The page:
They’re great for creating backlinks to your site, boosting SEO (though there is debate on that), and generally creating interest in your company.
You might think only giant corporations use press releases. While they’re a part of most big companies’ marketing and PR strategies, press releases aren’t restricted to brands with bigger budgets and branding than yours. Many small businesses aren’t using press releases to drive traffic, and therein lies the benefit to you. If your competitors aren’t reading this post, you’re one step ahead of them.
Many small business owners falsely assume that a press release will get the attention of major media. That rarely happens, so please adjust your expectations. When you distribute a release online, it gets your name on dozens of news and industry websites. And as you know, the more places your brand name or website are found, the more traffic you can send to your site.
Another option you have for distribution is pitching a journalist or blogger directly. Here’s the secret to that: start building media relationships long before you need them. Six months or more before you issue your release, you should be identifying journalists that cover your industry or competitors, following them on Twitter, and commenting on their articles. Link to them on LinkedIn. Find a reason to connect, without needing anything.
Then when you are ready to pitch them your news, they should have an inkling as to who you are. That saves you from being immediately dragged to the Trash bin in their email. From there, it’s up to you to sell a journalist on why her readers care about your news.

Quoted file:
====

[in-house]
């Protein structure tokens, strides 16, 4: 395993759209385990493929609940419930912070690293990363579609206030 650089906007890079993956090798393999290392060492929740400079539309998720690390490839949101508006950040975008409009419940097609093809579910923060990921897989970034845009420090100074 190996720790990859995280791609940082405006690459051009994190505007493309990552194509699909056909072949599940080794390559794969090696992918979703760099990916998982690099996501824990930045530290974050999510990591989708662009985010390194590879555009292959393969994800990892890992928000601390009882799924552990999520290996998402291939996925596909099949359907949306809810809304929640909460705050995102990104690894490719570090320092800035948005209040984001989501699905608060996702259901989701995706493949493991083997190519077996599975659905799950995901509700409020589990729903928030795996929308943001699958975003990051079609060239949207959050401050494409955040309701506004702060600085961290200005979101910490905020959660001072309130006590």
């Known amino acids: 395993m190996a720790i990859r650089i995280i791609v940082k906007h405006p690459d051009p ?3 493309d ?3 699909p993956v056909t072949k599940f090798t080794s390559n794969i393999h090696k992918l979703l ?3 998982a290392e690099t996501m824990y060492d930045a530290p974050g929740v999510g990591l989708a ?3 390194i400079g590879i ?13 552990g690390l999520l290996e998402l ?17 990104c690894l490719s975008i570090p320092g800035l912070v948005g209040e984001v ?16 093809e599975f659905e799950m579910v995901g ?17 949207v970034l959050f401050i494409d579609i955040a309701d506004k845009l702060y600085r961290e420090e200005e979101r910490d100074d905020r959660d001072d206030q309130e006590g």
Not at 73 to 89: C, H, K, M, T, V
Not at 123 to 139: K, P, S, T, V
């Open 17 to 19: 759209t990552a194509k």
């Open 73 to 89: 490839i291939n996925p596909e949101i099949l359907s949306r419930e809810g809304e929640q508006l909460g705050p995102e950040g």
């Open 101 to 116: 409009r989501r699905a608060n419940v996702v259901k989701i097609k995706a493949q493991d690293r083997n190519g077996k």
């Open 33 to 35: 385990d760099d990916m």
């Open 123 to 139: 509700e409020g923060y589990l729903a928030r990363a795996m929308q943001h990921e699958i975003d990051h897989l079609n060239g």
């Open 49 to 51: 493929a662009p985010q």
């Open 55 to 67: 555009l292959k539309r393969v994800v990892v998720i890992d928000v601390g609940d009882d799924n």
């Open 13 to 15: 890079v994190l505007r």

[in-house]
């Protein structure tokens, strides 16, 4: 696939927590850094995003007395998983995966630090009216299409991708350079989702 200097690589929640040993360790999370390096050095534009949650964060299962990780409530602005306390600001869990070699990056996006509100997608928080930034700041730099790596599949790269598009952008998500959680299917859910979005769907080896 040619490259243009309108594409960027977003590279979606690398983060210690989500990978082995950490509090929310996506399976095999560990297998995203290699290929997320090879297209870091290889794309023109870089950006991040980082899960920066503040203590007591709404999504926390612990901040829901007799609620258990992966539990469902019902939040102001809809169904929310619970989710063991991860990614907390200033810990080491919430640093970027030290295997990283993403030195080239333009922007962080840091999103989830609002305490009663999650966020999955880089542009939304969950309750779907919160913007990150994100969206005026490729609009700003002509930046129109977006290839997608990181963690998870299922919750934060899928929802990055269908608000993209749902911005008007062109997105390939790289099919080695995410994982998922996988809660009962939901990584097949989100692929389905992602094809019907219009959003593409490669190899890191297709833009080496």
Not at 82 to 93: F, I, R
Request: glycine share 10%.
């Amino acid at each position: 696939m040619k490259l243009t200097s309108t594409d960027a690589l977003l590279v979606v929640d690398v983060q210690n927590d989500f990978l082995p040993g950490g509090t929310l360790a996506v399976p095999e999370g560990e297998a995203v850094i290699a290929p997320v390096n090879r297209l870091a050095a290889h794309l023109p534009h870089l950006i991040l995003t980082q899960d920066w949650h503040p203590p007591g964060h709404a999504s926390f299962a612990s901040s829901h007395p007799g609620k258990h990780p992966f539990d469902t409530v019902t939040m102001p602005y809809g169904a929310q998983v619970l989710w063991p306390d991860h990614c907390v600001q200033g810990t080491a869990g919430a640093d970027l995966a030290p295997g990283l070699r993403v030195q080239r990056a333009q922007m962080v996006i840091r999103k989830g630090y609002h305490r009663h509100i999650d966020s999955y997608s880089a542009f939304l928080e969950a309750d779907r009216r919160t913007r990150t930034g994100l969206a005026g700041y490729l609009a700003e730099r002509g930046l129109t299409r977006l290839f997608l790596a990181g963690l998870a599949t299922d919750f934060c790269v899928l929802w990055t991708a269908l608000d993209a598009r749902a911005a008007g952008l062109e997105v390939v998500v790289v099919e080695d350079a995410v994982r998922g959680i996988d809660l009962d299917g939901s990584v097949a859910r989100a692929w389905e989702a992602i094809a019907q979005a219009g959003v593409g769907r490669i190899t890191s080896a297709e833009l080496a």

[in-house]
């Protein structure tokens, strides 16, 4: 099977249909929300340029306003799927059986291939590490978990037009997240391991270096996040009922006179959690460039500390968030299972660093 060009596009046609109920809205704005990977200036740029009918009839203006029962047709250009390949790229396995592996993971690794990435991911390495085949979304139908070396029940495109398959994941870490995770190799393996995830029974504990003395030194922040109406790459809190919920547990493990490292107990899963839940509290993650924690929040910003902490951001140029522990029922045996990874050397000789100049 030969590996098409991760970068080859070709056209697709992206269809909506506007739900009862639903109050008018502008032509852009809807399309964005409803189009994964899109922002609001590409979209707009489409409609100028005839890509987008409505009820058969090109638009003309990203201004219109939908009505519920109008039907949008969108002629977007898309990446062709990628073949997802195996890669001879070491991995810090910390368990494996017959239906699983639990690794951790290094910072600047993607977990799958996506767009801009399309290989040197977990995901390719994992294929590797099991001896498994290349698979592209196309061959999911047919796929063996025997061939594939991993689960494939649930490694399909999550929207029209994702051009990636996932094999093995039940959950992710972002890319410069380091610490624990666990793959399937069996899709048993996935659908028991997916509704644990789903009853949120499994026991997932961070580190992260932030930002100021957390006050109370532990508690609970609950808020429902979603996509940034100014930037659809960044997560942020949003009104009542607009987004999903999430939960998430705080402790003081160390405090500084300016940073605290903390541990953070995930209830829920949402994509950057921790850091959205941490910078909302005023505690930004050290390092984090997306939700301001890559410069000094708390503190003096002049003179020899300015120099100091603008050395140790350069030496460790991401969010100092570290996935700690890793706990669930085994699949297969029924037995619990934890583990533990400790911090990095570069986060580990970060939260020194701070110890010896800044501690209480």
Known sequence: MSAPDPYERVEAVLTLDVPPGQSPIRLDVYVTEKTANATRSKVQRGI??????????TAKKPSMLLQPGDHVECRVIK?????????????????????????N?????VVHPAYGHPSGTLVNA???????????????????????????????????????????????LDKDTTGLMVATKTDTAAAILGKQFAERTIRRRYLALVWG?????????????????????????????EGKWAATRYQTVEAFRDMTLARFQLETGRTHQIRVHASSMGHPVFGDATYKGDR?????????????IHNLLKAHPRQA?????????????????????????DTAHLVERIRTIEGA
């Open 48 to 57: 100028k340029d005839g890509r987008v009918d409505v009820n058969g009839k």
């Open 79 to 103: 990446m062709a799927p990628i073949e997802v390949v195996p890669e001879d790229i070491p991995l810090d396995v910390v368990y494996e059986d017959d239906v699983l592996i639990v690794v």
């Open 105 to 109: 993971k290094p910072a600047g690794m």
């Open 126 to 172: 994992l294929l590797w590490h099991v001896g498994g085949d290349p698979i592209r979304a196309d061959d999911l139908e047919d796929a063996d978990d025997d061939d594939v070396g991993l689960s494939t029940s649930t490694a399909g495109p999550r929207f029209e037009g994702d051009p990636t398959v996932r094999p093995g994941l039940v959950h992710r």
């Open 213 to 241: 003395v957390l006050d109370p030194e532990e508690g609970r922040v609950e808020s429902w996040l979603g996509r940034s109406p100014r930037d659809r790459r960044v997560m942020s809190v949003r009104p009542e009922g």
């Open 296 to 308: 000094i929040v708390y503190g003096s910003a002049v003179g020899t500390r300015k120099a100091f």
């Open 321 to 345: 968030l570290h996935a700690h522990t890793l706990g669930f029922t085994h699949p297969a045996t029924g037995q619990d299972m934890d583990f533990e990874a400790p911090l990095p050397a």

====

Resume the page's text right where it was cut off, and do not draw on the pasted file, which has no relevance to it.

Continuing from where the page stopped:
If you dig deep enough, you’ll find a debate on whether Google ranks websites higher when they publish press releases on multiple sites.
My theory is this: if you use what Google deems spammy press release distribution sites, it won’t help your placement in search results. But if you work with reputable press release distribution sites then you may see your company rank higher, as long as you use the keywords you want people searching for to find you in your release.
Let’s say you want to be found when people type in “San Diego marketing firm.” It makes sense that you should use that phrase in the press release, right? Just don’t go overboard and stuff more than two or three keywords in your release.
Also, if you put out not-so-newsy press releases, Google will take notice. Don’t even consider putting the word “free” in a release, because it sets off the site’s spam triggers. With press releases being reviewed for quality, you have less to worry about with the better distribution sites.
After you issue a press release, take a look at your analytics to see which sites that published it sent your site the most traffic. Take a look at where you ranked for specific keywords before you put out the press release, then check it afterward to see what movement, if any, there was.
Assessing this information, you can mold your PR strategy to get maximum results. If every release you issue about a business study you conducted gets mega hits, do more of those. If your announcement about relocating your office resulted in yawn-worthy traffic, stick to what your web visitors want more of.
Mosaic Printing, Signage and Marketing Services,
250 West Main St, Branford, CT • 203-483-4598